Washington Department of Corrections Secretary Cheryl Strange outside of the Twin Rivers Unit at the Monroe Correctional Complex on Wednesday in Monroe. (Olivia Vanni / The Herald)

Washington Department of Corrections Secretary Cheryl Strange outside of the Twin Rivers Unit at the Monroe Correctional Complex on Wednesday in Monroe. (Olivia Vanni / The Herald)

Corrections officers, inmates frustrated and fatigued by COVID

In a visit to the Monroe prison, Corrections Secretary Cheryl Strange said the response to the pandemic is keeping people safe and alive.

MONROE — In Washington state prisons, COVID is exacting a growing human toll and deepening sense of anxiety, regardless of which side of the bars you’re on.

Those in custody are frustrated and angry. They wonder each day if they will have a hot meal, a chance to shower, a few minutes outdoors or even heat in the cells. They worry a positive COVID test will land them in isolation for days and fear a botched prisoner move will bring the virus into their wing.

Corrections officers are exhausted and angry. Fatigue from 16-hour shifts is setting in, especially days spent in medical isolation units, where for their health and safety, they must wear rubber gloves, a full-length gown, a respirator and a face shield the entire time. Managers are making meals and carrying out other front-line chores.

Washington Department of Corrections Secretary Cheryl Strange visited the Monroe prison Wednesday. It was her second time there since getting named to lead the agency in April.

“We get all kinds of emails and letters from people who are very concerned,” Strange told a Daily Herald reporter. “Family members and loved ones don’t know what’s going on … we answer a lot of questions about that. I have a special unit set up actually to answer COVID-related questions.”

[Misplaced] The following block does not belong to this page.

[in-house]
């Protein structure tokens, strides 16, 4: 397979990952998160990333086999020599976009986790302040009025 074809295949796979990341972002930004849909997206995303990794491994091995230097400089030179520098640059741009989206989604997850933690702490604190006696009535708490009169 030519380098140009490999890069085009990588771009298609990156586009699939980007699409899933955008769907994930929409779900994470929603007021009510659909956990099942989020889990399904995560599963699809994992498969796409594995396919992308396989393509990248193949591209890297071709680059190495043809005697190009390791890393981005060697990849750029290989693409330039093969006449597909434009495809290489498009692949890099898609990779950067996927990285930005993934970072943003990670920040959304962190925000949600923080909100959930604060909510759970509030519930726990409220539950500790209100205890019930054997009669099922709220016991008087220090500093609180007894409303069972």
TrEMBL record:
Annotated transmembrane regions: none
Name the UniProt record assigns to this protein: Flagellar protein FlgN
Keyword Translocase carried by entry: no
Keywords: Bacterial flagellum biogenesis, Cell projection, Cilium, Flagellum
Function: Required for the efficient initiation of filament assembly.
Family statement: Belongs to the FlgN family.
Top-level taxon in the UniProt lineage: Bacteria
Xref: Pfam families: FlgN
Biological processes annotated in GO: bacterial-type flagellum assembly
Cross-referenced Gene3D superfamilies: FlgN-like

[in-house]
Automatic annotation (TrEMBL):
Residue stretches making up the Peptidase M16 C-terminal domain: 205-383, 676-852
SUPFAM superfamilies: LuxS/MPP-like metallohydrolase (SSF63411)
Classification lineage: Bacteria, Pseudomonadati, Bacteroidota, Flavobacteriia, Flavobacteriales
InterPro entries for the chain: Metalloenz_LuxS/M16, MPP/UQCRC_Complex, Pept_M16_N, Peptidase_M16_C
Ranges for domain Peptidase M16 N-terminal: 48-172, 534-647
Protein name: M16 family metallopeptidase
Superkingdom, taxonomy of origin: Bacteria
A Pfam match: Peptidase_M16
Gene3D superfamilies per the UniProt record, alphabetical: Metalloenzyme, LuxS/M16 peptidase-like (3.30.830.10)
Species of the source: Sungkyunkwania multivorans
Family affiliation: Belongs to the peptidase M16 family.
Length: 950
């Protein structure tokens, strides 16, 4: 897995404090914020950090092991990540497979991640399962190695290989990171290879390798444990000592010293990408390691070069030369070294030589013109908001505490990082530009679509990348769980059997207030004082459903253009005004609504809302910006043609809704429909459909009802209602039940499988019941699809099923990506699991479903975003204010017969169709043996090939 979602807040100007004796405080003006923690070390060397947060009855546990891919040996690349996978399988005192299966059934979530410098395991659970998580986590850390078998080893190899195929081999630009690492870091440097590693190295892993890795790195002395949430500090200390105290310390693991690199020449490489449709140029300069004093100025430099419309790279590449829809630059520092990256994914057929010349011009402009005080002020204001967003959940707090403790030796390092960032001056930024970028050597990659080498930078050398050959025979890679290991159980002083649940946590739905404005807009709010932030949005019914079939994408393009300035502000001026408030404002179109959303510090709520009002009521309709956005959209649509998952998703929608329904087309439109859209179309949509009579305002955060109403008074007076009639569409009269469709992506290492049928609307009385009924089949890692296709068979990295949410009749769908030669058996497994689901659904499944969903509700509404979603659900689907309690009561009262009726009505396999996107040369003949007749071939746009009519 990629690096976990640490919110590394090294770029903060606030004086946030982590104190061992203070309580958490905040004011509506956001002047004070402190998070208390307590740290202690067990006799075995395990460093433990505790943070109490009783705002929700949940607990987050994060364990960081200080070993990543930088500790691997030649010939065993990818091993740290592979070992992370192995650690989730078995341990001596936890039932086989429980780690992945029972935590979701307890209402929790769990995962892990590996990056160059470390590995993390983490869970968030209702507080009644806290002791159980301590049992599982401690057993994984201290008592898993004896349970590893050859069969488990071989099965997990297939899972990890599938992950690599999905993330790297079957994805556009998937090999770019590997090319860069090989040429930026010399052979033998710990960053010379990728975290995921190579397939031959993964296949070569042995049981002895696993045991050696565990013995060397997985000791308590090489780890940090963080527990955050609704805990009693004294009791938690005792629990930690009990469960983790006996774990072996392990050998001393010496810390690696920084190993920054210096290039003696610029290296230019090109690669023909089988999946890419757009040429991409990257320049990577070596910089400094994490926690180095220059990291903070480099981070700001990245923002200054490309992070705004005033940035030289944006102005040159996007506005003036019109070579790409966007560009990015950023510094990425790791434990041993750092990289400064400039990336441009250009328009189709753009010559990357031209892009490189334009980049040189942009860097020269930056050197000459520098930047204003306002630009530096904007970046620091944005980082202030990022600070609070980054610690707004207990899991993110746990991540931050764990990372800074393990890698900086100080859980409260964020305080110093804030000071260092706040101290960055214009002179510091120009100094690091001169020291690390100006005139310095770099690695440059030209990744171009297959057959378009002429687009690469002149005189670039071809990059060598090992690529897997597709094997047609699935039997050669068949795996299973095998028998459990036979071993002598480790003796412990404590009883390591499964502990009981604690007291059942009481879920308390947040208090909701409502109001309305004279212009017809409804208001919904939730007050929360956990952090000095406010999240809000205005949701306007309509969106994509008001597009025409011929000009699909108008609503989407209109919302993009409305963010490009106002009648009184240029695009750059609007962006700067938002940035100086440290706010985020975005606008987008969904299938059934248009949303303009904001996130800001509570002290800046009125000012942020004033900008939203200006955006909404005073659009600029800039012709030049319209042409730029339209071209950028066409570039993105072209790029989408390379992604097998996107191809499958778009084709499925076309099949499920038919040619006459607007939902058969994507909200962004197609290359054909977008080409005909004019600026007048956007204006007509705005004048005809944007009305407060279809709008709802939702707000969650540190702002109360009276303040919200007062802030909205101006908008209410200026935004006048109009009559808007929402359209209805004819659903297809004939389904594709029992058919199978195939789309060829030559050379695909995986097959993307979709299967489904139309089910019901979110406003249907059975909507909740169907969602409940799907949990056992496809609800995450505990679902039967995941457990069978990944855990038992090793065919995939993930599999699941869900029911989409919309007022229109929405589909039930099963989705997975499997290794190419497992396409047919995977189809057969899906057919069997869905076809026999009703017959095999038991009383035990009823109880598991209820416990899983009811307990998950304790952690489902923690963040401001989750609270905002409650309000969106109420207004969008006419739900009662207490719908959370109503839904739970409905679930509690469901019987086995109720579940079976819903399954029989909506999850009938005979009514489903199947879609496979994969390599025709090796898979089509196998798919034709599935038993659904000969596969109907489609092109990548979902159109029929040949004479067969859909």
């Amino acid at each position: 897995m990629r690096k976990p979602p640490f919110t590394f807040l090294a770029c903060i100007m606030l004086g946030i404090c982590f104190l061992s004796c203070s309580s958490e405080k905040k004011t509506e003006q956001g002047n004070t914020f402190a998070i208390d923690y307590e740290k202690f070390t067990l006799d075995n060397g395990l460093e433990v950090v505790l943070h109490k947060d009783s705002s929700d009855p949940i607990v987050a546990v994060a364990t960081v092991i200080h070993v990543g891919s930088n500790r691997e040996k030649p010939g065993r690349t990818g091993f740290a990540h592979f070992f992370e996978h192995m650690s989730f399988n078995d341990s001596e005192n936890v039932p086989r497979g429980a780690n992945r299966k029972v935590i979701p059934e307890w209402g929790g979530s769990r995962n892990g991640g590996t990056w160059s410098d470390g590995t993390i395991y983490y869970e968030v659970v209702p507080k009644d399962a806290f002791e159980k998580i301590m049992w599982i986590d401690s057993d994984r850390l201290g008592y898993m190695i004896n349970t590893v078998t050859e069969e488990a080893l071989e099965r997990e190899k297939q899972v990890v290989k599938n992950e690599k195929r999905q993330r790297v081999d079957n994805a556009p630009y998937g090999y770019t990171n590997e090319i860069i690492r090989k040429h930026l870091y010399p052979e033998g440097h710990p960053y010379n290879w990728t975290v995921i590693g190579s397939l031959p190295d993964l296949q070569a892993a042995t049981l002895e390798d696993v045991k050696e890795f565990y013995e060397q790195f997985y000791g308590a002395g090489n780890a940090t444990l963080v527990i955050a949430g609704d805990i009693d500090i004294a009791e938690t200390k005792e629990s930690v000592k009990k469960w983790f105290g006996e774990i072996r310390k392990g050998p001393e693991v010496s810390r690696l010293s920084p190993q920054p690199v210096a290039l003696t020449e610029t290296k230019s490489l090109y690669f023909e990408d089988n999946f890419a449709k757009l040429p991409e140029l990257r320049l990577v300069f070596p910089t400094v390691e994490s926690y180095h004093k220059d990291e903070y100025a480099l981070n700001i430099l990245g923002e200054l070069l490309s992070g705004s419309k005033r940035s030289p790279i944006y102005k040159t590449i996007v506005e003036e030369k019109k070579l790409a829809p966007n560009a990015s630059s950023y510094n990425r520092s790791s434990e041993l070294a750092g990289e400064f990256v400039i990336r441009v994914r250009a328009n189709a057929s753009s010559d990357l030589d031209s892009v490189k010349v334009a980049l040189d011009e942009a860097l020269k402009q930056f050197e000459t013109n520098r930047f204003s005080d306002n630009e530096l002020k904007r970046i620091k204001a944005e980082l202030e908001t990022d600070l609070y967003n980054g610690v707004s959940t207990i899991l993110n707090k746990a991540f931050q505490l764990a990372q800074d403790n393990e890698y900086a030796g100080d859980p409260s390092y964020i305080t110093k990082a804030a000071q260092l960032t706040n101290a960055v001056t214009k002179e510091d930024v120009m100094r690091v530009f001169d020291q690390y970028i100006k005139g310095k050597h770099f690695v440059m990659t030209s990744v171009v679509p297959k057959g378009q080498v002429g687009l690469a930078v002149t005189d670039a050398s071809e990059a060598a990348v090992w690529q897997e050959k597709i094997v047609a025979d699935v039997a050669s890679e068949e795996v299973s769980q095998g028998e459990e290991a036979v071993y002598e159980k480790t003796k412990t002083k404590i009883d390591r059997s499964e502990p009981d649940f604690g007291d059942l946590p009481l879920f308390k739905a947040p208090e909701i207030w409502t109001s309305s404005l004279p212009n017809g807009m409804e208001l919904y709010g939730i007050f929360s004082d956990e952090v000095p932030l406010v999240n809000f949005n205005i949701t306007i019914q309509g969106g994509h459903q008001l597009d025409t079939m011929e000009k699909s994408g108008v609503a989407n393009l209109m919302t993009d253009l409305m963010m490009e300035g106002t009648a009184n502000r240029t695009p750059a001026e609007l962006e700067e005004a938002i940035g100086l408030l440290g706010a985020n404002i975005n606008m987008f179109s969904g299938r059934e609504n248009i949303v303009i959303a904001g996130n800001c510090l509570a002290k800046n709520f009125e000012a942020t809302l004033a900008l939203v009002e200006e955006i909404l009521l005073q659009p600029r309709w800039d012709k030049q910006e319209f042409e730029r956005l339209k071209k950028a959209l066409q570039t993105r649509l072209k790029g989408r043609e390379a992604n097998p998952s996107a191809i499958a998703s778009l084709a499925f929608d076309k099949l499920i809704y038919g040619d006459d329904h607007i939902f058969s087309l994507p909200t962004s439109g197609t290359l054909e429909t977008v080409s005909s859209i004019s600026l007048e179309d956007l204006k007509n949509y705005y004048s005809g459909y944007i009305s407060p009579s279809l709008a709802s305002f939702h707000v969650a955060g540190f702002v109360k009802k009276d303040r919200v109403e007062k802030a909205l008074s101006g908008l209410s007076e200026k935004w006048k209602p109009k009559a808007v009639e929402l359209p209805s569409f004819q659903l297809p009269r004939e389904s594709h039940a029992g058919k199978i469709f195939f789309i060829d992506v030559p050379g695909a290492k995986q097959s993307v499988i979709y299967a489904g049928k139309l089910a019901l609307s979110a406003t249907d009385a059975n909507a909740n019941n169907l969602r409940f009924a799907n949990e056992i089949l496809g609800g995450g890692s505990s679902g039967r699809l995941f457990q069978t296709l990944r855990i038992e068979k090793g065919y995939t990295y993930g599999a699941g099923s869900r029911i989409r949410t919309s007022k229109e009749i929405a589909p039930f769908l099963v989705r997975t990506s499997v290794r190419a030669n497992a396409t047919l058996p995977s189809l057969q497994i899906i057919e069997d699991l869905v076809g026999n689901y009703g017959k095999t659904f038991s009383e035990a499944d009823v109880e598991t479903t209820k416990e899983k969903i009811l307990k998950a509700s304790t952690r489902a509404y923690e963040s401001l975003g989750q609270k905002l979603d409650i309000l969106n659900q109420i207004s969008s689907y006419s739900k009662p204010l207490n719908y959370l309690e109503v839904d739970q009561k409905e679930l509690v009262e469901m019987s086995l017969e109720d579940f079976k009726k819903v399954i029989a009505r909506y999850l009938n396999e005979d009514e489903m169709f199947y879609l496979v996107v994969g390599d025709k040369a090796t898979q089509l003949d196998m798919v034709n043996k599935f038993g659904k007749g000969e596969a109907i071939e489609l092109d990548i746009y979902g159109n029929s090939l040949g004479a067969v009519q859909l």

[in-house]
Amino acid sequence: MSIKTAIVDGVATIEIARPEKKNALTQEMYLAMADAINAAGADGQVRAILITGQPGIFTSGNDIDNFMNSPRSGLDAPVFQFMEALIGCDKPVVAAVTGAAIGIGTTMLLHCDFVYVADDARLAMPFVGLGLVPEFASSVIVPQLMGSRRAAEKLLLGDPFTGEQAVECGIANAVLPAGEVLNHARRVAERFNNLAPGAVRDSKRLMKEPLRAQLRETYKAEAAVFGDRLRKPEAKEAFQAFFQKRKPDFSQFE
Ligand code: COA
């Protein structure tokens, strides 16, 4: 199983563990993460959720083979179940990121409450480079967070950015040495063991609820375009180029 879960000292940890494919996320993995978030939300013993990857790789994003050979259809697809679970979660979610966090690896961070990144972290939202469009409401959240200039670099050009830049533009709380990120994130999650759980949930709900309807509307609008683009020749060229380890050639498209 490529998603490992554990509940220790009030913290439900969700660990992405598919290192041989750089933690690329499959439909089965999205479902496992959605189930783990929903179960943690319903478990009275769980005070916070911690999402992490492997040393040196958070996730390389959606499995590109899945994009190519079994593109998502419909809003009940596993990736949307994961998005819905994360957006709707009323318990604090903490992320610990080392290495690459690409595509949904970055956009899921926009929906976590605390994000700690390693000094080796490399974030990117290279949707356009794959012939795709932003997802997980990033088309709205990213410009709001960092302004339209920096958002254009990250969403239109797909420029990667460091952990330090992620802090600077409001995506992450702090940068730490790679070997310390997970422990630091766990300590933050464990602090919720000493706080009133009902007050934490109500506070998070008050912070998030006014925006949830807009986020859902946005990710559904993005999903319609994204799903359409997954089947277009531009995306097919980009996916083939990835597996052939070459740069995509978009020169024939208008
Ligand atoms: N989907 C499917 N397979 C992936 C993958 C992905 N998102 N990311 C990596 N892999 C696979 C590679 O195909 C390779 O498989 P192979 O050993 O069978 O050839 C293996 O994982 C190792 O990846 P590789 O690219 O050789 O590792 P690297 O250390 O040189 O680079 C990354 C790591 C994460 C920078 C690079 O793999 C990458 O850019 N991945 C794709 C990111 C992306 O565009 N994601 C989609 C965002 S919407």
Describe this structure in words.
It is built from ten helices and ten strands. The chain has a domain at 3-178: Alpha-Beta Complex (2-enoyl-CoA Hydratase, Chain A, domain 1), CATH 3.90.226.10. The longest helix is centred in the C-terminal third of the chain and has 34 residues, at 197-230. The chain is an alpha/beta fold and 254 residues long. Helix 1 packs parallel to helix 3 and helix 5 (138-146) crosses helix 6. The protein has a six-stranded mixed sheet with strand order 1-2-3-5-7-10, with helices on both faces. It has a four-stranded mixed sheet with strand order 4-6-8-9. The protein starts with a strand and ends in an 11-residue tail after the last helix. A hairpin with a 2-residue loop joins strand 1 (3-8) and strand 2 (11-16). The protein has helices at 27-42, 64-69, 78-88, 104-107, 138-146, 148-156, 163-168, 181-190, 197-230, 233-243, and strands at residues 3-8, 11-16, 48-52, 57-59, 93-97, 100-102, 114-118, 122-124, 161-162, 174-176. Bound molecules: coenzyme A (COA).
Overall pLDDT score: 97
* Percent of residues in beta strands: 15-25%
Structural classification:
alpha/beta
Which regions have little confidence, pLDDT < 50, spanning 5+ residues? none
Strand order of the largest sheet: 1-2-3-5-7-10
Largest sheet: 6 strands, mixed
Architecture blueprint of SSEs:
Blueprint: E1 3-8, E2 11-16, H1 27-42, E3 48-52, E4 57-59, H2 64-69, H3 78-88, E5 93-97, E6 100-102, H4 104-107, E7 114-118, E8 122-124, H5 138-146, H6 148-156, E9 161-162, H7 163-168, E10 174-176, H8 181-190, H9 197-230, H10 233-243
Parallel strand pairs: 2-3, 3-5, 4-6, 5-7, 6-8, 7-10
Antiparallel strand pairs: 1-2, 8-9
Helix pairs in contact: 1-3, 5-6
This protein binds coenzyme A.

The secretary said she walked through every unit in the complex, talking to staff and prisoners in each. She donned personal protective equipment to meet prisoners in isolation as a result of testing positive for the virus.

“They’re doing well,” Strange said. “They’re in good spirits. They have a lot of questions … ‘When are we out?’ ‘What’s going on?’ and ‘Why can’t I get out and spend more time in the yard?’ — things like that.”

Strange couldn’t answer their questions with certainty earlier this week, but late Thursday she announced a pause of in-person visitation had been extended into March.

While new cases are declining in many communities, omicron remains an unrelenting force within the walls of jails and prisons.

This week, the Department of Corrections reported outbreaks at 18 prison and work release facilities, including the Monroe Correctional Complex.

Across the state, 3,048 people were in medical isolation — nearly 25% of the state’s prison population — and 7,190 in quarantine.

At Monroe, 600 people in custody and 34 employees had contracted the virus in the last two weeks, according to the department. As of Jan. 27, isolation and quarantine units had been set up in four of the complex’s five facilities.

Strange said she understands those in custody are tiring of a pandemic now in its third year. To help cope and lessen the cost of communicating with loved ones, she authorized credits of $15 for their JPay accounts, which is an email service, and $10 for the commissary. Those sidelined from jobs in correctional industries due to COVID are in line for a small stipend. And the private vendor that handles inmate phone services is providing a one-time credit of 90 free minutes, according to a Jan. 28 letter to families.

Also, every one is getting a “Super Bowl goodie bag” with freeze dried coffee, fruit drink mixes, tortilla chips, sandwich crackers, cheese, beef ramen, summer sausage and jalapeno squeeze cheese.

When first told of the coming goodie bag late last month, prisoner Jacob Schmitt, housed in Monroe’s Twin Rivers Unit, emailed that most people behind bars could care less.